Back in Boulder today. Sport Park is one of the more controversial places in the area, so I figured I would check it out. One of the criticism is how busy it is. Everywhere in Boulder is busy on the weekends but dead during the week. There was only one car there when I arrived and it belonged to Chris and Regina. I was really glad to meet up with them again.

One of the things this place is infamou for is being over bolted. But on one of the first climbs I did, I actually brought up a couple cams to supplement. So not all of the routes are way over bolted. But there are some the other way of course. We did a route that was probably around 40-50 feet tall and it had seven bolts on it. Seven! One of the few climbs I had to actually worry about z-clipping on.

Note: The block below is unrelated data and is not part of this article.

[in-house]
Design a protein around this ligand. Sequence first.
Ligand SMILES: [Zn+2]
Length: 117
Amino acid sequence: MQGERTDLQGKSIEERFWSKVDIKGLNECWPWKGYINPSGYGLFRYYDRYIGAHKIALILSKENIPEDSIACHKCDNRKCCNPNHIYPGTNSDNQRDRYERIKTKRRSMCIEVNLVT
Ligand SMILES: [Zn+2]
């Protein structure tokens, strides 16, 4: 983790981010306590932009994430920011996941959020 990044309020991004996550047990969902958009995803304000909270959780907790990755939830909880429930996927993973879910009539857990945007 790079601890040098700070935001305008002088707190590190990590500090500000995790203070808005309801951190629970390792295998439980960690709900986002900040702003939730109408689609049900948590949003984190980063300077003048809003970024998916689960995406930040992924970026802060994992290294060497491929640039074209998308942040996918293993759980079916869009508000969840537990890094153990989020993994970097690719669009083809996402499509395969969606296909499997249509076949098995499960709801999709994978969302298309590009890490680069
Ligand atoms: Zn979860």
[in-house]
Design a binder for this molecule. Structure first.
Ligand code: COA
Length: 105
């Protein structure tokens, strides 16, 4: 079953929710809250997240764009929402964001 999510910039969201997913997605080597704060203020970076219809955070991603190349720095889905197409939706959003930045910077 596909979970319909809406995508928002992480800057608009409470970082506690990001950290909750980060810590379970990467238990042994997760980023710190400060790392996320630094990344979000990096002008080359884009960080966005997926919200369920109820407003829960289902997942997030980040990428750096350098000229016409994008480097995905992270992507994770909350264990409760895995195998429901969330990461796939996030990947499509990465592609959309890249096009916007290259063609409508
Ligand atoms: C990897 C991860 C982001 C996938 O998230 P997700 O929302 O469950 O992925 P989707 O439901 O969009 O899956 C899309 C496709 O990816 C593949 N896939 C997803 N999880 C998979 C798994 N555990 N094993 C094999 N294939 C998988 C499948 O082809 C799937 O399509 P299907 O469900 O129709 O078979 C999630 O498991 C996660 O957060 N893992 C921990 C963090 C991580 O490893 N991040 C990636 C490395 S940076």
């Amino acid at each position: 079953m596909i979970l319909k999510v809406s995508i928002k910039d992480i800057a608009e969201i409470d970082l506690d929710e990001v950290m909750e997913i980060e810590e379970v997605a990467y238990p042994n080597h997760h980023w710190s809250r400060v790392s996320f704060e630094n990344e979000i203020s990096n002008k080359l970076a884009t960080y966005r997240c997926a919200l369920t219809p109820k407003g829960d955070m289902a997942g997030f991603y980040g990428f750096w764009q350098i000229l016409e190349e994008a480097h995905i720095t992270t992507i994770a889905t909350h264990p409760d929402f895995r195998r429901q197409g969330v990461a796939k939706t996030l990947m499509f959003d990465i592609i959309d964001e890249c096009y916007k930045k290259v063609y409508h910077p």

We also did a super cool route (Rubber Chicken, 10c/d) that was nicely bolted (not too much not too little) but there was a chipped hold down low that didn’t make sense. I found it quite easy to avoid. Chipping holds is one thing, but this was a completely worthless chipped hold. That being said, I had a lot of fun on the route. The thin and frictiony feet with an emphasis on balance makes for a great climb.

On the rap, Regina set up a top rope on the 11b next door (Chicken Lips). I love TR-ing on stuff I can’t lead yet. The crux on this one was oh so thin and very vertical.